Measuring the impact of Deep Learning Pedagogies
Growing up in Brazil, 50% was a passing grade. It was weird because all everyone really wanted was to pass. What happened between 50% and 100% might have influenced my friend’s allowances or weekend privileges, but it was by no means a reliable scale measuring the learning.
By that logic, most grading systems also fail. What can an “A” student do that a “B-” student cannot? Does it all come down to how much each student knows?
The IB Grade Descriptors try to minimize this issue by linking assessments to a variety of subject-specific skills and creating a grading scale that translates into a natural progression on the ability to perform these skills. Like the ones for Individuals and Societies below.
The complexity of the 6C’s and the Approaches to Learning would add a serious layer of confusion to grading. The IB ATLs are comprised of 140 distinct skills. As a result, ‘grading’ ATLs is highly discouraged.
The Managebac people suggest yet another approach, which I found interesting. It involves determining, first, what constitutes progress in these types of skills. I don’t think their first suggestion is particularly strong (how ‘often’ a behavior happens: something like ‘never/seldom/often/always brings calculator to class’). The other suggestions are much more insightful: how independent the behavior is; the general complexity of the task in which the behavior is seen; and the specific complexity of the task in which the behavior is seen. As an example, think about which of these you’d like to read on your child’s report card:
What effective new pedagogies are worth trying?
I have a soft spot for Design Thinking. This week, during the IB Virtual Conference, I got a chance to hear Kiran Bir Sethii talk about Design for Change and the school she founded in India with the intent of ‘not being the best school in the world, but the best school for the world”.
DT brings an iterative, feedforward mindset to the classroom and organizations. Showing unfinished work is essential. Radical collaboration and fast, solution-oriented testing are also central pieces. Do you have an idea for a presentation or an essay? Give someone the 30-second elevator pitch before you even open PowerPoint; then let the feedback take you to the next steps.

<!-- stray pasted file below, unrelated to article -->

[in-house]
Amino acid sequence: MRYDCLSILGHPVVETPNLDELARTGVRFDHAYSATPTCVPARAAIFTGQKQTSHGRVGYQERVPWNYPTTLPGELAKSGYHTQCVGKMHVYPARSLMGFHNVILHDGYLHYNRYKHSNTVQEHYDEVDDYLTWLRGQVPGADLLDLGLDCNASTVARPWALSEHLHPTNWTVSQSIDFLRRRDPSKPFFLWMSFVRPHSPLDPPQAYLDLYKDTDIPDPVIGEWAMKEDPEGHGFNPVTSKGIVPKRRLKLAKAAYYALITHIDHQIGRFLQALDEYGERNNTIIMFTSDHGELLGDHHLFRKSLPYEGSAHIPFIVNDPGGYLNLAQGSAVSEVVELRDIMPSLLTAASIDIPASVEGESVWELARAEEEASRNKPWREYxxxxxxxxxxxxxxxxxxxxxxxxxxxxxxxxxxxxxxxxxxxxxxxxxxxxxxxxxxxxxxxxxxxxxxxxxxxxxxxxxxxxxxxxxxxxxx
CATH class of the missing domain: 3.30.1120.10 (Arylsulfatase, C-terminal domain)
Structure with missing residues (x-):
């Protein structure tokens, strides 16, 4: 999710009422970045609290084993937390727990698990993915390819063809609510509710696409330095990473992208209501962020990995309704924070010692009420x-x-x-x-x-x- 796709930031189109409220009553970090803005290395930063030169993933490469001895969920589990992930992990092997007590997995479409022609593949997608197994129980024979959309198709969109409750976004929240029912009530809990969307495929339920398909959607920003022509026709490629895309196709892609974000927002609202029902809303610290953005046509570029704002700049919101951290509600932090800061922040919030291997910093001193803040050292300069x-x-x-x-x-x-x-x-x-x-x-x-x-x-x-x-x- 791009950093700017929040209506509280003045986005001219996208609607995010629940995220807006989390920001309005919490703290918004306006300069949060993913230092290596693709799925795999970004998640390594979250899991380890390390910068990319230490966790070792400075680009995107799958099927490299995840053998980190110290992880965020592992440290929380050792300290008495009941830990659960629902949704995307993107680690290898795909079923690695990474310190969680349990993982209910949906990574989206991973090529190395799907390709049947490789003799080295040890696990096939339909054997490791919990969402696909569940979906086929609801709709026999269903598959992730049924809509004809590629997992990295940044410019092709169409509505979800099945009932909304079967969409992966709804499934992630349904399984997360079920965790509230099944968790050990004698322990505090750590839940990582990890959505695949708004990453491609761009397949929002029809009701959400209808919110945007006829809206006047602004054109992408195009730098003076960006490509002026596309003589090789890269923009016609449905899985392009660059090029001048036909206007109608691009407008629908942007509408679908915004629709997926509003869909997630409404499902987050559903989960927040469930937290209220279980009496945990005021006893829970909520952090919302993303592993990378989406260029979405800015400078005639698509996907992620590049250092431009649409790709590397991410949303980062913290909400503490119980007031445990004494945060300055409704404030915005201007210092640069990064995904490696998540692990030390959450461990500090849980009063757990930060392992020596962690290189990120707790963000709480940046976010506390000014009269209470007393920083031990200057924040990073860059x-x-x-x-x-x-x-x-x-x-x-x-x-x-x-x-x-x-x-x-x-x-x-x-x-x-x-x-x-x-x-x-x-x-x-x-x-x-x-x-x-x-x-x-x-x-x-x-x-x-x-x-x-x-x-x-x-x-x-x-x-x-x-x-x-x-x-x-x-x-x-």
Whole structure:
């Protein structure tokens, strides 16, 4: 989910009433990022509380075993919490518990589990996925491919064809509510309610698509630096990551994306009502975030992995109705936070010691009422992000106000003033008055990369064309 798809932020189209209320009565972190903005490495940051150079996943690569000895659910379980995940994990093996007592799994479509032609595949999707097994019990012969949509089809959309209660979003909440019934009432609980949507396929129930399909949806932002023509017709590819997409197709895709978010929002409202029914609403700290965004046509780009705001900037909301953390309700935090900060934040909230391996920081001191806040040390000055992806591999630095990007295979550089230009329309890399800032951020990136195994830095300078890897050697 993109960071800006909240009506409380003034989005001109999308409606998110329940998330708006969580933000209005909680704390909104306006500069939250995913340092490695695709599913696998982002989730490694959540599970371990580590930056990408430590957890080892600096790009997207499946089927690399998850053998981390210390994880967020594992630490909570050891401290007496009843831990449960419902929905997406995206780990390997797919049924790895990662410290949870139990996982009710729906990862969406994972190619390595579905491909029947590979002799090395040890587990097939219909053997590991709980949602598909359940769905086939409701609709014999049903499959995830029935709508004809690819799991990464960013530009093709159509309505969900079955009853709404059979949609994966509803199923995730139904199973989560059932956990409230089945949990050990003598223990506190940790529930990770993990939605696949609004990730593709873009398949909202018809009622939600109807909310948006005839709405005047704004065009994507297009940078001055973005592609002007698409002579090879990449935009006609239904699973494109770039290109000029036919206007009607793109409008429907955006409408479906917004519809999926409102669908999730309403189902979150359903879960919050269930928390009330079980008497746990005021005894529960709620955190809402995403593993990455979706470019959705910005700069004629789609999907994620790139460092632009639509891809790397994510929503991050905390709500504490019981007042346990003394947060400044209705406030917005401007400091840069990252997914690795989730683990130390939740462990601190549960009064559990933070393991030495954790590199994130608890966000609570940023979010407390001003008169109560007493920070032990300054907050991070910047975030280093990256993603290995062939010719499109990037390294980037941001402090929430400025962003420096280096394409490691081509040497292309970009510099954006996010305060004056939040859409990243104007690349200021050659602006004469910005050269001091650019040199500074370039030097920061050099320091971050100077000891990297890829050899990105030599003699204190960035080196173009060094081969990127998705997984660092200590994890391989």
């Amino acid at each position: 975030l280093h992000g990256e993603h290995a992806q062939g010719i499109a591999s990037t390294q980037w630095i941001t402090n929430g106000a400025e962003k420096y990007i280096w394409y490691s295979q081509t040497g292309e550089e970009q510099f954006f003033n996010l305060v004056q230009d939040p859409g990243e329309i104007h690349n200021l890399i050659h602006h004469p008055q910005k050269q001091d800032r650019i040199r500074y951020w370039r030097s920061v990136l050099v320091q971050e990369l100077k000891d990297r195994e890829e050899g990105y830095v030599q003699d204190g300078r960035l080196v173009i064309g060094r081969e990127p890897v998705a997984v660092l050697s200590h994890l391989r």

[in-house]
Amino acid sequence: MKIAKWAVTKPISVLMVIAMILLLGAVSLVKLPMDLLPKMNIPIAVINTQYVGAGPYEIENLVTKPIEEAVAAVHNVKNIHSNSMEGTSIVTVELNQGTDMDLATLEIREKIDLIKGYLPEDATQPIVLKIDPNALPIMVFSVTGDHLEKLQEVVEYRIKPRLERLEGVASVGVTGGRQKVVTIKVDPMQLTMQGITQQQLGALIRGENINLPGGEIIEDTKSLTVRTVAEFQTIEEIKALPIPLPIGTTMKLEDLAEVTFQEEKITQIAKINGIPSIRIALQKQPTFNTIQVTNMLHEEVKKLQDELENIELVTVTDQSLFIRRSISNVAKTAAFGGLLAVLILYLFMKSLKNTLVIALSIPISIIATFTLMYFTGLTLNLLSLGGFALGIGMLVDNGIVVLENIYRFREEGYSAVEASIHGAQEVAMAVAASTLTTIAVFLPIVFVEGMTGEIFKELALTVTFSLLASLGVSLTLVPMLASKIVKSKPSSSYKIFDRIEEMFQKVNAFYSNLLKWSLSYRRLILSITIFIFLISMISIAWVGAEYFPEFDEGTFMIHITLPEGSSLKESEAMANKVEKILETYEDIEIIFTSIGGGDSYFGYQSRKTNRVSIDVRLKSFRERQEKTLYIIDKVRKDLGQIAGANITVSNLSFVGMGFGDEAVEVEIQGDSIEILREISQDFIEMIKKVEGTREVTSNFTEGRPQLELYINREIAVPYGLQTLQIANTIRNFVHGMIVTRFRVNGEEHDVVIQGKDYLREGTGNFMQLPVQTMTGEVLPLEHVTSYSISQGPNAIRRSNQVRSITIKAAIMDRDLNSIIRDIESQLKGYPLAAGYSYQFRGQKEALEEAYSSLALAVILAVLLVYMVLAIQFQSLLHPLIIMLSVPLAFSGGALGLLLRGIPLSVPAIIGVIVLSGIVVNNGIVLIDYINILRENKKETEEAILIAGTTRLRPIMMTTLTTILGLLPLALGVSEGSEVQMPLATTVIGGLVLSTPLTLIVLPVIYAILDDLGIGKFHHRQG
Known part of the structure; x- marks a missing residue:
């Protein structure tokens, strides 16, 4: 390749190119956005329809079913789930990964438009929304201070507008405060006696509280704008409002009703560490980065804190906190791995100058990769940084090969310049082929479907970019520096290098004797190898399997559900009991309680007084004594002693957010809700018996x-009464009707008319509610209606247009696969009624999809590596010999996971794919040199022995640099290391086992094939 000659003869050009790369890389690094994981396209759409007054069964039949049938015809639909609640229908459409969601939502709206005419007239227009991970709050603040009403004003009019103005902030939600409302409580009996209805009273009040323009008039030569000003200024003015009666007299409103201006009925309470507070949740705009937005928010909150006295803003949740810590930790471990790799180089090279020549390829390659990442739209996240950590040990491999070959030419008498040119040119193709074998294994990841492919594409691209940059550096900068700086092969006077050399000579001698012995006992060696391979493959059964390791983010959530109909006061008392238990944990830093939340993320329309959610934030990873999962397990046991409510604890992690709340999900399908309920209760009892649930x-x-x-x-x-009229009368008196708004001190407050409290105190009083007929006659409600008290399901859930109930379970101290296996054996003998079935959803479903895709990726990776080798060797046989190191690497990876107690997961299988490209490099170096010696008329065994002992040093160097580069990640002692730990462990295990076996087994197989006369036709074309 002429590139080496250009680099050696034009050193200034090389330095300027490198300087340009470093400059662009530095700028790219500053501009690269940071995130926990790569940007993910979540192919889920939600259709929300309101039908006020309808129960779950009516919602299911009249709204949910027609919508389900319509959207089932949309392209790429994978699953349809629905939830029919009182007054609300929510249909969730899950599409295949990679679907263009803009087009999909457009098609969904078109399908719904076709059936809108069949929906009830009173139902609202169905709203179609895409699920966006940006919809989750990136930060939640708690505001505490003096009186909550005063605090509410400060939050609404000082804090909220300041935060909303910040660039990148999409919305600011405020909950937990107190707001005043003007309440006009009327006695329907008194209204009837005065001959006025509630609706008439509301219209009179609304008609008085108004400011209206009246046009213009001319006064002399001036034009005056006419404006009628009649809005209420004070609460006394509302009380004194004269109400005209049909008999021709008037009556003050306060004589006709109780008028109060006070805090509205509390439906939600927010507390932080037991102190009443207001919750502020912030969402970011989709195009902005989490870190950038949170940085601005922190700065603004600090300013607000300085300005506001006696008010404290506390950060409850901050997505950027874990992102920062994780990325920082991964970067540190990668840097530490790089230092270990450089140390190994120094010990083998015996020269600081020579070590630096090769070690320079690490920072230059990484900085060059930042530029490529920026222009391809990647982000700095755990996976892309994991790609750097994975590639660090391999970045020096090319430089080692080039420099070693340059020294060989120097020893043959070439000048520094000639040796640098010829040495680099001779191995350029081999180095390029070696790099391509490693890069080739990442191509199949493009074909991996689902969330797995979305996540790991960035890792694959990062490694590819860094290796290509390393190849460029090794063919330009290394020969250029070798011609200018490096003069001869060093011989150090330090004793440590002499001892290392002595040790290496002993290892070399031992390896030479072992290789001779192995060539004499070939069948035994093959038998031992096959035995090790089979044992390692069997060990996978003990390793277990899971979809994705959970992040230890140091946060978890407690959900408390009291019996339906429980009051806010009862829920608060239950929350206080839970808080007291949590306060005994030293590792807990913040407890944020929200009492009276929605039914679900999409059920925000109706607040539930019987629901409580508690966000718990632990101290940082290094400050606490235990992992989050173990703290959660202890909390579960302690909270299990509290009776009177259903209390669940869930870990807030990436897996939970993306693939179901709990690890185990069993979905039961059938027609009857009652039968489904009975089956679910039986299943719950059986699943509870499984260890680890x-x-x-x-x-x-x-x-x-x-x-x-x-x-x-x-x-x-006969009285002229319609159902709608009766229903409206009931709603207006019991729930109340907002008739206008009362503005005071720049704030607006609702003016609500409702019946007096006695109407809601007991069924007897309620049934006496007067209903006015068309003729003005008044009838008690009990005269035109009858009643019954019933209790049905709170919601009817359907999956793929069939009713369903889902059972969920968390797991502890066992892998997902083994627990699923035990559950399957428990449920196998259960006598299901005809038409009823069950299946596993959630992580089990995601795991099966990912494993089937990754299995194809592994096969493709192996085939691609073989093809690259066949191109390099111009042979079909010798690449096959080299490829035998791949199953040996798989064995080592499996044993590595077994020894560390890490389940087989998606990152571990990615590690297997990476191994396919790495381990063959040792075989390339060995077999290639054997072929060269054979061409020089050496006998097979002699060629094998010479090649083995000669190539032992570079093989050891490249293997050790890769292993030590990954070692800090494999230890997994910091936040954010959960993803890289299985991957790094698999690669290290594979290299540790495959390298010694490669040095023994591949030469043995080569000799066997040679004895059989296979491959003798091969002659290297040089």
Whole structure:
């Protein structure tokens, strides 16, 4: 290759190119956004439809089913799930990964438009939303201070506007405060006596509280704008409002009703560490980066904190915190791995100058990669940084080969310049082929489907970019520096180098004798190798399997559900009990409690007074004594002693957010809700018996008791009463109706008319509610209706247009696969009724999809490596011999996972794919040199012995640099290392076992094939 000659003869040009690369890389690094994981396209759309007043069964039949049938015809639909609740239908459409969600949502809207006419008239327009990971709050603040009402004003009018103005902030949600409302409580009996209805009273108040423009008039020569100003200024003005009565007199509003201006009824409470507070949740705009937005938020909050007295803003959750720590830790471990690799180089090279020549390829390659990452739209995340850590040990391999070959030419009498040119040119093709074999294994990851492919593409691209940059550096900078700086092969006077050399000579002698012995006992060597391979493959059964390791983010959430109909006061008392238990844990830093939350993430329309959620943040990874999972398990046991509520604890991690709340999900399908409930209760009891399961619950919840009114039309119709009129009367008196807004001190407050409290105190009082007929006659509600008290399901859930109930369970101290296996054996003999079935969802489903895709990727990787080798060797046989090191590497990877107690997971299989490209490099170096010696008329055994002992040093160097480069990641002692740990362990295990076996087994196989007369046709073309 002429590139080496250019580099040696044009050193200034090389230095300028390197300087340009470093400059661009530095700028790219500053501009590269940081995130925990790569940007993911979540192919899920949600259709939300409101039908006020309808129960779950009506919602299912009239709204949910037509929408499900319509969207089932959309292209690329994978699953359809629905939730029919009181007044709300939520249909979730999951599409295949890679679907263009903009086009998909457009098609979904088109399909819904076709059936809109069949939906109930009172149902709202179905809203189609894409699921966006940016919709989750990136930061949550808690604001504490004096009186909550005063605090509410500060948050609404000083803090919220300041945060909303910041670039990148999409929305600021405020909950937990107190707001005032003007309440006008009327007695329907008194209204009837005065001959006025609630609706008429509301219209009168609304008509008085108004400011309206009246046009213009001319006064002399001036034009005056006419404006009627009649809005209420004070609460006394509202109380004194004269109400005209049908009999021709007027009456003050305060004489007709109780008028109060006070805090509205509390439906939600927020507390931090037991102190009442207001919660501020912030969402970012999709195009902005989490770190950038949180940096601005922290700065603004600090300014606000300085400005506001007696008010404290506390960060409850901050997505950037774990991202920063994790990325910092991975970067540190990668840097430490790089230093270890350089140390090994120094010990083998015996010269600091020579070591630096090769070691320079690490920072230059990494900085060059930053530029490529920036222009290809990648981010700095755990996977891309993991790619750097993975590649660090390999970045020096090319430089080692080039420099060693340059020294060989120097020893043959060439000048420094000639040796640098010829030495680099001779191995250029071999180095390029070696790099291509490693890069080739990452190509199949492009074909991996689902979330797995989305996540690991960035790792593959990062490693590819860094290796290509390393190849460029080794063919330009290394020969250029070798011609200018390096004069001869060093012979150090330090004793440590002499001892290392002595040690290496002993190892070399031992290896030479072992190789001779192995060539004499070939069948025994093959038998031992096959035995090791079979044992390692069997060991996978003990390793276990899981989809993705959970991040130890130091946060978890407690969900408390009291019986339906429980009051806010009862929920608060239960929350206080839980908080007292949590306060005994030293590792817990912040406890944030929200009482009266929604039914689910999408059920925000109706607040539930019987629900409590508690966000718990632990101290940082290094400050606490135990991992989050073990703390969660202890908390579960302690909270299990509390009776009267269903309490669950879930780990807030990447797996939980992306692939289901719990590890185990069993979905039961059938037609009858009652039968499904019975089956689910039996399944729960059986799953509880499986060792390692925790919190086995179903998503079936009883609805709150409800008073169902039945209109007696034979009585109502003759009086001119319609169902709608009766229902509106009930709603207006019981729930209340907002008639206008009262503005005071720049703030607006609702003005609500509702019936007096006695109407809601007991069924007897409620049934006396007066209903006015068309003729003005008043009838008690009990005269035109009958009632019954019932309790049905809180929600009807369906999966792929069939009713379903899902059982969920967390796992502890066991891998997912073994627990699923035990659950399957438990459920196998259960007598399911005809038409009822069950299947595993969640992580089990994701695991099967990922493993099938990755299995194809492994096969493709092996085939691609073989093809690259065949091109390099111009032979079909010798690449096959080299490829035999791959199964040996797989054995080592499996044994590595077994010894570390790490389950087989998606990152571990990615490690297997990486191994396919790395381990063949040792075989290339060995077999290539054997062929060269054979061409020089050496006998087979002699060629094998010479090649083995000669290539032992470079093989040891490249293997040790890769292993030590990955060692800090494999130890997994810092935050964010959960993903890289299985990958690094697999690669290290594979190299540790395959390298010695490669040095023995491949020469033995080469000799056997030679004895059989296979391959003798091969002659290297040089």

— Luiz Mello (@melloluiz2) May 4, 2017
— Luiz Mello (@melloluiz2) March 27, 2017
— Luiz Mello (@melloluiz2) March 9, 2017
— Luiz Mello (@melloluiz2) January 18, 2017
One of my considerations for my Final Project is to have students collaborate to produce some sort of digital publication that may have an authentic audience. Visual literacy is new-ish to me, and I haven’t yet tried it out in a larger assessment.
Becoming …(1)… learners …(2).
(1) independent, autonomous
(2) able to effectively design, pursue and achieve their own learning goals and personal aspirations as well as master curricular learning goals
Is there a way of becoming a learner that doesn’t involve the content of inserts (1) and (2)? If you are just sitting in a classroom, disenfranchised, learning about something you don’t care about, is it still learning?”
How do we teach so that students can become this uber-learner we aspire all of them to become?
The IB Approaches to Teaching and Learning suggests that every skill can be taught by following a series of 7 steps.
The Approaches to Teaching also give teachers a series of approaches grounded on Deep Learning Pedagogies. When using these, teachers create an environment where student skills can flourish and develop alongside curriculum content.
At an interview for a Science position, I was asked about the differences between teaching middle school and high school. I replied, first, that my middle school classes see more of my dad jokes. Secondly, that middle schools are much more impressionable, but they are also harder to impress, if that makes sense.
In my experience, High School kids tend to respect teachers as subject authorities first, and then seek to develop that mentor-mentee relationship that deepens the learning. Middle school students seek an affective connection more immediately, and that connection needs to be nurtured frequently. Is it safe to say middle school students are more high maintenance?
A colleague I nudged back in the day tried out Classcraft, a gamification platform for your class. Students don’t have a lesson, they go on quests. They don’t pass assessments, they level up. If I were to teach Middle School, that’s the first thing I’d try as a way of building that affective bridge.
Effect size and deep learning pedagogies
Speaking of the difference between affective and effective.
I came across this article that outlines Hattie’s new ranking of 252 influences and their respective effect sizes in relation to student achivement.
A platform like Classcraft ticks a lot of the boxes over 0.4 (the point at which strategies have a statistically-significant effect on achivement): micro-teaching (0.88), cognitive task analysis (1.29), problem-solving teaching (0.68) and so on.
I noticed Collective Teacher Efficacy at the top of Hattie’s list (1.57) and did some digging. Donohoo (2017) suggests 6 enabling conditions, one of which is teachers’ knowledge of each other’s work.
At Nanjing International School, I helped adapt a protocol based on Campbell’s Hero’s Journey to capture what some teachers were doing. We shared those at assemblies, faculty meetings and in visible platforms around campus.